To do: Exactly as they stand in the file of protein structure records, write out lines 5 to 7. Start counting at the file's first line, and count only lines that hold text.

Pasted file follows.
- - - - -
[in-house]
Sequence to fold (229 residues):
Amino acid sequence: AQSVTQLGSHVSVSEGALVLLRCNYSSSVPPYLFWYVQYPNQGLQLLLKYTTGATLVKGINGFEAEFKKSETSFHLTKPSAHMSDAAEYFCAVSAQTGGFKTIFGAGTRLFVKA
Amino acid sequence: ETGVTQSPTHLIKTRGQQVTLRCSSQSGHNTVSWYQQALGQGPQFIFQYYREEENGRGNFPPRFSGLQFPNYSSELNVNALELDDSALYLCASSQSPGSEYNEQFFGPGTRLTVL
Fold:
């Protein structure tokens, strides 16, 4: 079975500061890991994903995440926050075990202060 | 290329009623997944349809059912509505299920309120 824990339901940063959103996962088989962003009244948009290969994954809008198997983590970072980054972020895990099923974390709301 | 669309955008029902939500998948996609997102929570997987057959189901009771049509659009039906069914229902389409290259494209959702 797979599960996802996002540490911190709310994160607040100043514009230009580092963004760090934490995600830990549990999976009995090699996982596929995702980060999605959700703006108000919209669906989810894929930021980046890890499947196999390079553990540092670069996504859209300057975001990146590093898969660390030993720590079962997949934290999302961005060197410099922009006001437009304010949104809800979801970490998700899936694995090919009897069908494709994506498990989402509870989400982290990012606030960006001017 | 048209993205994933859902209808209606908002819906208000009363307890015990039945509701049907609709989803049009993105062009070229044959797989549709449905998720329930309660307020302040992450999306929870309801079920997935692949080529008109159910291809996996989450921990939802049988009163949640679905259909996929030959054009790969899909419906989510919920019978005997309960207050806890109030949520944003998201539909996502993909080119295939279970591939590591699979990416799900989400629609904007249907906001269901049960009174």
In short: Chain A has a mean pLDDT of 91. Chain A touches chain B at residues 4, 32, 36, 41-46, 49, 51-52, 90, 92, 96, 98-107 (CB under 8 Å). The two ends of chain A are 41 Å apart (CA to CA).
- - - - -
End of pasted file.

Fold:
């Protein structure tokens, strides 16, 4: 079975500061890991994903995440926050075990202060 | 290329009623997944349809059912509505299920309120 824990339901940063959103996962088989962003009244948009290969994954809008198997983590970072980054972020895990099923974390709301 | 669309955008029902939500998948996609997102929570997987057959189901009771049509659009039906069914229902389409290259494209959702 797979599960996802996002540490911190709310994160607040100043514009230009580092963004760090934490995600830990549990999976009995090699996982596929995702980060999605959700703006108000919209669906989810894929930021980046890890499947196999390079553990540092670069996504859209300057975001990146590093898969660390030993720590079962997949934290999302961005060197410099922009006001437009304010949104809800979801970490998700899936694995090919009897069908494709994506498990989402509870989400982290990012606030960006001017 | 048209993205994933859902209808209606908002819906208000009363307890015990039945509701049907609709989803049009993105062009070229044959797989549709449905998720329930309660307020302040992450999306929870309801079920997935692949080529008109159910291809996996989450921990939802049988009163949640679905259909996929030959054009790969899909419906989510919920019978005997309960207050806890109030949520944003998201539909996502993909080119295939279970591939590591699979990416799900989400629609904007249907906001269901049960009174």
In short: Chain A has a mean pLDDT of 91. Chain A touches chain B at residues 4, 32, 36, 41-46, 49, 51-52, 90, 92, 96, 98-107 (CB under 8 Å). The two ends of chain A are 41 Å apart (CA to CA).